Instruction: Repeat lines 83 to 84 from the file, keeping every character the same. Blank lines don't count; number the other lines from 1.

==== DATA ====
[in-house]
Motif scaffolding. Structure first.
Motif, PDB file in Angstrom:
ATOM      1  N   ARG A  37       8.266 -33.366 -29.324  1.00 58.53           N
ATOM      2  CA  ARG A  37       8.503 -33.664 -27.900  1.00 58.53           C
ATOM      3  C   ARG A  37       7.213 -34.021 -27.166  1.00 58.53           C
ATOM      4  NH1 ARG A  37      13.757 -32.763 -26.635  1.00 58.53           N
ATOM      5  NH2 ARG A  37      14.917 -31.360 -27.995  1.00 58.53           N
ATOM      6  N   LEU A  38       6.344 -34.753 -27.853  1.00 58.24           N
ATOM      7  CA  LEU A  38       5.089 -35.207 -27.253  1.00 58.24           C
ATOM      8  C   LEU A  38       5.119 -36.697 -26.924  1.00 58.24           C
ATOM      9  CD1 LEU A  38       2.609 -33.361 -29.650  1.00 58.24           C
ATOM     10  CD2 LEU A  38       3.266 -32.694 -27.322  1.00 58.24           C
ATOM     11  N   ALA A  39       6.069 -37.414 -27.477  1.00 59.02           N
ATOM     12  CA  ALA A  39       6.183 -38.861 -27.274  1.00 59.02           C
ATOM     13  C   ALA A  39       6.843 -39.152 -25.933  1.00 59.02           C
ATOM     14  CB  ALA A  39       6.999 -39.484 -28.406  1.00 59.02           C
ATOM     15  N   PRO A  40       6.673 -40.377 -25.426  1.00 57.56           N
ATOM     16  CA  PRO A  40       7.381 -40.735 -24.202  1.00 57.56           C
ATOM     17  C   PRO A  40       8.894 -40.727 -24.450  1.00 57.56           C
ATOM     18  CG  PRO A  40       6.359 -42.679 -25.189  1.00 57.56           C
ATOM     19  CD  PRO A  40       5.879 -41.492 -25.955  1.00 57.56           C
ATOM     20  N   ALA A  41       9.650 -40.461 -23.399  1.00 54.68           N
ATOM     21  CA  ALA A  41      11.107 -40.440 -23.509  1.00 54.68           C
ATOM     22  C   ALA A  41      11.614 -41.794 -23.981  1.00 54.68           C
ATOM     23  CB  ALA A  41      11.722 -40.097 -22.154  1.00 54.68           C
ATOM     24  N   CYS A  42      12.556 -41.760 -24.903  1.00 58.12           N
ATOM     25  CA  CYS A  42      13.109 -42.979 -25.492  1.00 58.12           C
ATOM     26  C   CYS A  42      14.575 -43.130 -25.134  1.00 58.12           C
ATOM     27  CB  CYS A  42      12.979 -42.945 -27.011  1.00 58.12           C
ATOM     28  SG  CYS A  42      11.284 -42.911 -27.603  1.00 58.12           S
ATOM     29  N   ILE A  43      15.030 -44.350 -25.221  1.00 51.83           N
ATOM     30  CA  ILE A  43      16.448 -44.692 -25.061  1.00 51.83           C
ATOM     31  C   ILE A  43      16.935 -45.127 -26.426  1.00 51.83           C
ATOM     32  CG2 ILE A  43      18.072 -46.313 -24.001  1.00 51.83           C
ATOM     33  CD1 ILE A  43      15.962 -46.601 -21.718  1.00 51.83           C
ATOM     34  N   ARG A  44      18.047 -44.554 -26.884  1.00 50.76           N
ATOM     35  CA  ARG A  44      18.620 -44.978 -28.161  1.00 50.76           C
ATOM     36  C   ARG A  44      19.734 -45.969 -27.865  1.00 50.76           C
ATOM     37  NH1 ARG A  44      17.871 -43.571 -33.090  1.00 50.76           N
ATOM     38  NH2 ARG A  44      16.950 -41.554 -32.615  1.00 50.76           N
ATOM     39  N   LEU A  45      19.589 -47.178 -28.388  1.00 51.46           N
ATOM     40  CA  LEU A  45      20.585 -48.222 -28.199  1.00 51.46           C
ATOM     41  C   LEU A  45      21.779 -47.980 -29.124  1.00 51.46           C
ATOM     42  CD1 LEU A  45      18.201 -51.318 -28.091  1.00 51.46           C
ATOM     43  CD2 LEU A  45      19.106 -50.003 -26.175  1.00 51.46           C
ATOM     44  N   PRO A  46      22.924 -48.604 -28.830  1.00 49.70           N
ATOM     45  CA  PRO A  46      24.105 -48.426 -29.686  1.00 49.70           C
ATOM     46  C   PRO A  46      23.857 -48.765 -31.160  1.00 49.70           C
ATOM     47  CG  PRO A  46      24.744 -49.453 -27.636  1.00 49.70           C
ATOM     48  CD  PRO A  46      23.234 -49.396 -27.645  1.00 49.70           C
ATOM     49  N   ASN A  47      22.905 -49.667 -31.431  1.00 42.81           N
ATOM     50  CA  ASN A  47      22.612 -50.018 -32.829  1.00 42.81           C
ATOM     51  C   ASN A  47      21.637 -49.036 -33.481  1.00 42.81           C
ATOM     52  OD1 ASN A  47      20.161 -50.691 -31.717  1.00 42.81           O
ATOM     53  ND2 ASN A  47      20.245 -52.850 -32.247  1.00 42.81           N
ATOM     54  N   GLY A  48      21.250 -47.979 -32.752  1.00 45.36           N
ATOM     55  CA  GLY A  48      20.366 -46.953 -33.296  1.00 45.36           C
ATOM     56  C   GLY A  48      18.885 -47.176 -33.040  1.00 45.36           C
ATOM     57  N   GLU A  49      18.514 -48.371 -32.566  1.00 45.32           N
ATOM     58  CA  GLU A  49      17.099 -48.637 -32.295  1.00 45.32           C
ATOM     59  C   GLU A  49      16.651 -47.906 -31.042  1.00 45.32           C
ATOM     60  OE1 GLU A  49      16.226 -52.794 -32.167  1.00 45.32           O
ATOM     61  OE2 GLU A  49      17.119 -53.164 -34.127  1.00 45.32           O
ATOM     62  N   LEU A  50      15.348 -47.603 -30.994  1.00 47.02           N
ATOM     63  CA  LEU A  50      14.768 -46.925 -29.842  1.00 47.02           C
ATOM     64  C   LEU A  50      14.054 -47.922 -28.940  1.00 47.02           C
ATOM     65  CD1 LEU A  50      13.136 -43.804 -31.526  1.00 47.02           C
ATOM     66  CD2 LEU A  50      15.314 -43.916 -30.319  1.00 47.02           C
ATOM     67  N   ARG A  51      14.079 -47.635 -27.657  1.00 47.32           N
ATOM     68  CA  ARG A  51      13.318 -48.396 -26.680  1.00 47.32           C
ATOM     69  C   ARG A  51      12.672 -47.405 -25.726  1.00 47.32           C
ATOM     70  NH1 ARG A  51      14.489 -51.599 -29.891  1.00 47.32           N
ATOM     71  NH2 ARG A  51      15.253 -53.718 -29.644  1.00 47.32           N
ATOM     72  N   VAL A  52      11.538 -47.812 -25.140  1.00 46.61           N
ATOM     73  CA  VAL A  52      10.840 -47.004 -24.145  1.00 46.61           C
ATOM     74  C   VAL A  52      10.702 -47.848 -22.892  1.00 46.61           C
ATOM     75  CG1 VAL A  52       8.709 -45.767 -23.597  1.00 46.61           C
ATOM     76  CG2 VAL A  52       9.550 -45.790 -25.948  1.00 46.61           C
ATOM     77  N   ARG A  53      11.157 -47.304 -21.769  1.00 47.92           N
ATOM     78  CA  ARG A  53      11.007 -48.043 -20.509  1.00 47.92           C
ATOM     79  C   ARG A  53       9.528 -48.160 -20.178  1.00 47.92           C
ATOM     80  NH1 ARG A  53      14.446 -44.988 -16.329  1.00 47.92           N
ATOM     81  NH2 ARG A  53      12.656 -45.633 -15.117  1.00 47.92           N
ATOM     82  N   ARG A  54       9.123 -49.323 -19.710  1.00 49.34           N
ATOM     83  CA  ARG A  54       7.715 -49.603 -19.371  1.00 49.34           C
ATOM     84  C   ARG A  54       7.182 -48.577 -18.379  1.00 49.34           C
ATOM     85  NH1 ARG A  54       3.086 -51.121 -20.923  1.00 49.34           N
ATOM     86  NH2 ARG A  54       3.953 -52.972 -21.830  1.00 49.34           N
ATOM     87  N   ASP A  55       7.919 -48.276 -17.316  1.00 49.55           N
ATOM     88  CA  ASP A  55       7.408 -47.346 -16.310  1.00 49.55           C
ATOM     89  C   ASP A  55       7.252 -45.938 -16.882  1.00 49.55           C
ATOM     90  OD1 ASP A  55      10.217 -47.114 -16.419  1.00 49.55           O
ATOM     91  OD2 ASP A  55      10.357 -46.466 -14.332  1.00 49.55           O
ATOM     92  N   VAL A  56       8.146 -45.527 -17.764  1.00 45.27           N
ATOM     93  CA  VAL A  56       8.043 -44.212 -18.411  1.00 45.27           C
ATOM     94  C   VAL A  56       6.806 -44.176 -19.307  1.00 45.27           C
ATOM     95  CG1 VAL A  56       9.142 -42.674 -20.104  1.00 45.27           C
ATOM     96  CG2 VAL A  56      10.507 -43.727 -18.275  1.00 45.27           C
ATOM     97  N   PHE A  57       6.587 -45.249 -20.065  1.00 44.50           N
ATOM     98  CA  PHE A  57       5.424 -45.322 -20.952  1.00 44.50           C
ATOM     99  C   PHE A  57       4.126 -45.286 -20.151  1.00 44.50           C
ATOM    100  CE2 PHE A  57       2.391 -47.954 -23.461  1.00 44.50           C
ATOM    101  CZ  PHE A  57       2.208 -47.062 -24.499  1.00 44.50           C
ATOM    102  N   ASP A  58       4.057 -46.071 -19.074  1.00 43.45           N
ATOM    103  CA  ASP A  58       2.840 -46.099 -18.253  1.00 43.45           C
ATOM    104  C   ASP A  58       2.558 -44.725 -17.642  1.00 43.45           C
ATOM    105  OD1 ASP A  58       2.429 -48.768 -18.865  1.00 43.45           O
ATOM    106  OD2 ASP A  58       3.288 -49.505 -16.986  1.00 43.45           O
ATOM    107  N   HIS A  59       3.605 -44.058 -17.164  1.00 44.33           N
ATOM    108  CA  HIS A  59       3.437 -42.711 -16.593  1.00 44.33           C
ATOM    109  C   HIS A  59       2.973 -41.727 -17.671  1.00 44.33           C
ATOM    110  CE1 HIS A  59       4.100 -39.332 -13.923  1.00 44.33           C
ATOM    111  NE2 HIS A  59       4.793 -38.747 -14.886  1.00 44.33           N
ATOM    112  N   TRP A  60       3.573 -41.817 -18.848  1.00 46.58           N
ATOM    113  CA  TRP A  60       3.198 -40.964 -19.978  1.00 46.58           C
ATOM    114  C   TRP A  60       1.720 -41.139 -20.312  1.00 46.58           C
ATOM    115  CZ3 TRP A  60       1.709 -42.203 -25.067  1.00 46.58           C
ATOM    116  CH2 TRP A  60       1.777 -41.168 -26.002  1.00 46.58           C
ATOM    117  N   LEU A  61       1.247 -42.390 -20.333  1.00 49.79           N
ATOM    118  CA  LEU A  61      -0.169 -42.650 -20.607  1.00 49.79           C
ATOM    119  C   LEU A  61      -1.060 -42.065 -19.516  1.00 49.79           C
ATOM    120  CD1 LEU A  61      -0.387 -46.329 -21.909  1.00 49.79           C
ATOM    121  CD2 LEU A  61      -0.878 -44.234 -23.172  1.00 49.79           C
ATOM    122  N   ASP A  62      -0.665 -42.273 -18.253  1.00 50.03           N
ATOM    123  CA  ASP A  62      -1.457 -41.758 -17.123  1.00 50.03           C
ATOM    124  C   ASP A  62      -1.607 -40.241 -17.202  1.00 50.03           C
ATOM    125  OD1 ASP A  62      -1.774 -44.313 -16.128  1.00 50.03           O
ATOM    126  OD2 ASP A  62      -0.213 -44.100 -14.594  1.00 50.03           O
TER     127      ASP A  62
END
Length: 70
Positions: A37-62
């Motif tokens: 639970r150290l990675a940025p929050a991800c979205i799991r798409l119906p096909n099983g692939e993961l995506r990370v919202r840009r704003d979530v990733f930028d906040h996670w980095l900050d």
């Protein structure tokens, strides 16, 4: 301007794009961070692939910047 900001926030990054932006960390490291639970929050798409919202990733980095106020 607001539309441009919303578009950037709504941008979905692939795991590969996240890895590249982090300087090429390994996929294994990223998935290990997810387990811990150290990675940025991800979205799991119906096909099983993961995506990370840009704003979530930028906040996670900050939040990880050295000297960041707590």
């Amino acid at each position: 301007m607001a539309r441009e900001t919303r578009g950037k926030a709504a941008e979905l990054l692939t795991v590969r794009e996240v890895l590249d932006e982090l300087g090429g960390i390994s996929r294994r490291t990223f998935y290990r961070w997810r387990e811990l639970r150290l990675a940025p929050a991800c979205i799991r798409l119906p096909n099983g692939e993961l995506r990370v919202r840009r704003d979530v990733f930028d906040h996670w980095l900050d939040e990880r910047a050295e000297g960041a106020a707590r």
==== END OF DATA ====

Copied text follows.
ATOM     80  NH1 ARG A  53      14.446 -44.988 -16.329  1.00 47.92           N
ATOM     81  NH2 ARG A  53      12.656 -45.633 -15.117  1.00 47.92           N